It all began in October 2014, when West Vancouver District planned its fall nature workshops. The theme, we decided, should be invasive plant species, because Lighthouse Park, our beautiful old growth forest park in West Vancouver, has a problem with many invaders. We conduct workshops each spring and fall in the Park, asking keen university students to do a presentation on our chosen topic. This time, we asked the Parks Department if they would help us out. Tiffany Bentley, newly appointed community liaison, planned a wonderful presentation and an excellent wide game, and each group of girls pulled ivy with a vengeance.
Imagine our surprise when we learned through Tiffany that Girl Guides had a new Alien Invaders Challenge! How come our Parks Department knew before we did! It turned out that Tiffany had approached the Invasive Species Council of BC for pamphlets and learned of the cooperation between our Provincial Program Committee and the ISCBC. This was getting better yet – the girls would be well on their way to completing an excellent Challenge!
Then tragedy struck, as one of our Brownies, seven-year-old Erin Moore, who loved the Park and our workshops, was killed by a landslide in Lions Bay, just before Christmas. We were devastated by the loss of this fun-loving, lively child, and our District determined to do something to celebrate her young life and the lessons she had taught us – to live in the moment, to strive until you succeed, to wear red shoes and purple shorts in winter.
As we wondered in January how to honour her, the notice came from National about tree planting grants from the TD Friends of the Environment Foundation. We decided to apply for the largest possible grant as a District and to plan a restoration project in the park Erin loved. First we would clear away even more ivy, and then restore an unofficial trail to its former beauty by replanting it. We approached the Parks Department, and received their blessing for our chosen location. Lighthouse Park is the only remnant of the old growth Coastal Douglas-Fir ecosystem remaining in the Lower Mainland, and our Parks Department is keen to restore degraded areas and return them to their natural state.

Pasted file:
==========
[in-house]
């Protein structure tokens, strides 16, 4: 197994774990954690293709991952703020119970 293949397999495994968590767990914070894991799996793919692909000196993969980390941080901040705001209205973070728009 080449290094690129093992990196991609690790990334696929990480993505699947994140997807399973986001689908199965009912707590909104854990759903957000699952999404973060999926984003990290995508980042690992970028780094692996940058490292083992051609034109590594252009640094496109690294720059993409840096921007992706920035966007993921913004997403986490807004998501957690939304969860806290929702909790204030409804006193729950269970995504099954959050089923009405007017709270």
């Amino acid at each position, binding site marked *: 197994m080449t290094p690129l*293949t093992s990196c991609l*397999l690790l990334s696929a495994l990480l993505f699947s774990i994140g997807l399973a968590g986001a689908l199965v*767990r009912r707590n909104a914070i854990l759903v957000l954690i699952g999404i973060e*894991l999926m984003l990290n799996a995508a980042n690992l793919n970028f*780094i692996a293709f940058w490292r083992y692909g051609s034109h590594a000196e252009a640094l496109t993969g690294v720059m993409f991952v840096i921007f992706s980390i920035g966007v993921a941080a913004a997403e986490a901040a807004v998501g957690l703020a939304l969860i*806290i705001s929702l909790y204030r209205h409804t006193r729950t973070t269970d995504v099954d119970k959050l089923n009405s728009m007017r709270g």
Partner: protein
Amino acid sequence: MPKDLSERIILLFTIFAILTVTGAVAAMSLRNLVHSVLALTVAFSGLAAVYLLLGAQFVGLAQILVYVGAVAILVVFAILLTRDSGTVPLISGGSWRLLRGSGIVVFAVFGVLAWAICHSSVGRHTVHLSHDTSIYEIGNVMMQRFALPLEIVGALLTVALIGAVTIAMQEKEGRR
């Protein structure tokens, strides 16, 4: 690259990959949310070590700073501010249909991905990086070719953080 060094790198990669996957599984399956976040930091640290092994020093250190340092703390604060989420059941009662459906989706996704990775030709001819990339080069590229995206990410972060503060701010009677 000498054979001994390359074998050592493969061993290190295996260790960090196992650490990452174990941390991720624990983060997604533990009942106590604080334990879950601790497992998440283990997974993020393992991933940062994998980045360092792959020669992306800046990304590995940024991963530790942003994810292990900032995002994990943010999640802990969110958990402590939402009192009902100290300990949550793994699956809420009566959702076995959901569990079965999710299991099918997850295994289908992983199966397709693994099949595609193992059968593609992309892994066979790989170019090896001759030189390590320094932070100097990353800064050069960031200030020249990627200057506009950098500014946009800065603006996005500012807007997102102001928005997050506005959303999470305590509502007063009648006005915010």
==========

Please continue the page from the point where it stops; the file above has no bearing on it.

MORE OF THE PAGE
Members of the Lighthouse Park Preservation Society were enthusiastic supporters of our plan, and helped us measure the trail and create a list of trees, shrubs, ferns and herbaceous plants suitable for this shady spot. The Parks team offered support as well. And soon a grant of $2,500 was received from the TD FOF! We also got permission to extend the project to the end of October so that our new plants could take advantage of the fall rains. It is not easy to water new growth in a huge forest! Thank goodness we did ask for that extension, because this summer’s drought might have killed everything.
At the end of September, 100 girls (Sparks to Rangers) spent their meeting time in the Park, clearing large patches of ivy – 36 huge garbage bags-full. They went at it with a will and so much energy!
The Parks Department came through magnificently, ordering the plants and soil for us at wholesale prices and delivering everything to the Park. They put up signs and snow fencing to keep the dogs off.
In October we held three planting sessions. Every unit in the District came, moved yards of smelly, rich soil, learned how to plant properly, and then turned the degraded trail into a green oasis – Erin’s Grove. The girls worked hard and cooperated well. Guides worked with each other, Rangers helped the Sparks and Pathfinders teamed up with Brownies. They raked and shoveled the soil, and planted well over 300 items. They tidied up, carried all the tools and plant pots back to the car park, happy and grubby and grinning with the success of it all. We played another invasive species game and learned what belongs as well as what doesn’t.
Erin’s parents helped at two of the plantings, along with her brother Cam. Erin’s dad talked to the girls, telling them what he had learned from his daughter’s short life and asking them to strive always to do their best, to live in the moment, to enjoy life to the fullest. He and Erin’s mother were so touched by this memorial to their daughter and will visit it often. We will also visit, before each workshop, to watch over the plants as they grow, and to remember Erin.
We are so grateful to the TD FOF, the Parks Department and the LPPS volunteers who have given us the chance to create Erin’s Grove, a beautiful space to remember our sister Brownie.
Daphne Hales is a Trefoil member in West Vancouver and the chair of the Phyl Munday Nature House committee.